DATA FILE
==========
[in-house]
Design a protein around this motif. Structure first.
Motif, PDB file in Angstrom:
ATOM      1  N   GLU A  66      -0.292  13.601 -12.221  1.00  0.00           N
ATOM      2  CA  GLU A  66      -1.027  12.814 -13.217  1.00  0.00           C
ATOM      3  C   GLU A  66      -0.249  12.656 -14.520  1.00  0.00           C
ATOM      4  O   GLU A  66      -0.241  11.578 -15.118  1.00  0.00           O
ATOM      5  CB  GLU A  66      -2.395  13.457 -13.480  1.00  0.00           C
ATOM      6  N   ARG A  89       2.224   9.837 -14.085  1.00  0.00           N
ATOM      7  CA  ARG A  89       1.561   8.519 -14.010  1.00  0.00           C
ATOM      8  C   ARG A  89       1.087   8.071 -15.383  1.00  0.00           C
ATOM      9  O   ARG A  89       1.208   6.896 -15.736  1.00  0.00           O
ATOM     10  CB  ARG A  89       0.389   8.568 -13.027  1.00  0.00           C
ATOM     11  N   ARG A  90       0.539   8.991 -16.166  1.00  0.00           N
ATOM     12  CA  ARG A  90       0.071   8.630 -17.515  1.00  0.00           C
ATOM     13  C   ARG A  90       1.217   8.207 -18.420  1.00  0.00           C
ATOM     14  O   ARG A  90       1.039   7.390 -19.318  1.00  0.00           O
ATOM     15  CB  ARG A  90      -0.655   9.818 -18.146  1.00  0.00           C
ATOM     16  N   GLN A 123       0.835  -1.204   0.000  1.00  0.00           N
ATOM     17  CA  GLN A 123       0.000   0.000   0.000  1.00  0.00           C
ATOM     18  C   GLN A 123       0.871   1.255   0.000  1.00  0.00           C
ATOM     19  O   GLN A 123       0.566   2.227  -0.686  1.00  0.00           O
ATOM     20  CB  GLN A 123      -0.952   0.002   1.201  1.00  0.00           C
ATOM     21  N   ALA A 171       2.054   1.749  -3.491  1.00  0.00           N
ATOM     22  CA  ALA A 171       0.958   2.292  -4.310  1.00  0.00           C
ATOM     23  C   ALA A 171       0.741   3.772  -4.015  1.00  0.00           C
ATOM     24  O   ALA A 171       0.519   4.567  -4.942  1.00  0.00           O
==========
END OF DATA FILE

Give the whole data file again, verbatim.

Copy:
[in-house]
Design a protein around this motif. Structure first.
Motif, PDB file in Angstrom:
ATOM      1  N   GLU A  66      -0.292  13.601 -12.221  1.00  0.00           N
ATOM      2  CA  GLU A  66      -1.027  12.814 -13.217  1.00  0.00           C
ATOM      3  C   GLU A  66      -0.249  12.656 -14.520  1.00  0.00           C
ATOM      4  O   GLU A  66      -0.241  11.578 -15.118  1.00  0.00           O
ATOM      5  CB  GLU A  66      -2.395  13.457 -13.480  1.00  0.00           C
ATOM      6  N   ARG A  89       2.224   9.837 -14.085  1.00  0.00           N
ATOM      7  CA  ARG A  89       1.561   8.519 -14.010  1.00  0.00           C
ATOM      8  C   ARG A  89       1.087   8.071 -15.383  1.00  0.00           C
ATOM      9  O   ARG A  89       1.208   6.896 -15.736  1.00  0.00           O
ATOM     10  CB  ARG A  89       0.389   8.568 -13.027  1.00  0.00           C
ATOM     11  N   ARG A  90       0.539   8.991 -16.166  1.00  0.00           N
ATOM     12  CA  ARG A  90       0.071   8.630 -17.515  1.00  0.00           C
ATOM     13  C   ARG A  90       1.217   8.207 -18.420  1.00  0.00           C
ATOM     14  O   ARG A  90       1.039   7.390 -19.318  1.00  0.00           O
ATOM     15  CB  ARG A  90      -0.655   9.818 -18.146  1.00  0.00           C
ATOM     16  N   GLN A 123       0.835  -1.204   0.000  1.00  0.00           N
ATOM     17  CA  GLN A 123       0.000   0.000   0.000  1.00  0.00           C
ATOM     18  C   GLN A 123       0.871   1.255   0.000  1.00  0.00           C
ATOM     19  O   GLN A 123       0.566   2.227  -0.686  1.00  0.00           O
ATOM     20  CB  GLN A 123      -0.952   0.002   1.201  1.00  0.00           C
ATOM     21  N   ALA A 171       2.054   1.749  -3.491  1.00  0.00           N
ATOM     22  CA  ALA A 171       0.958   2.292  -4.310  1.00  0.00           C
ATOM     23  C   ALA A 171       0.741   3.772  -4.015  1.00  0.00           C
ATOM     24  O   ALA A 171       0.519   4.567  -4.942  1.00  0.00           O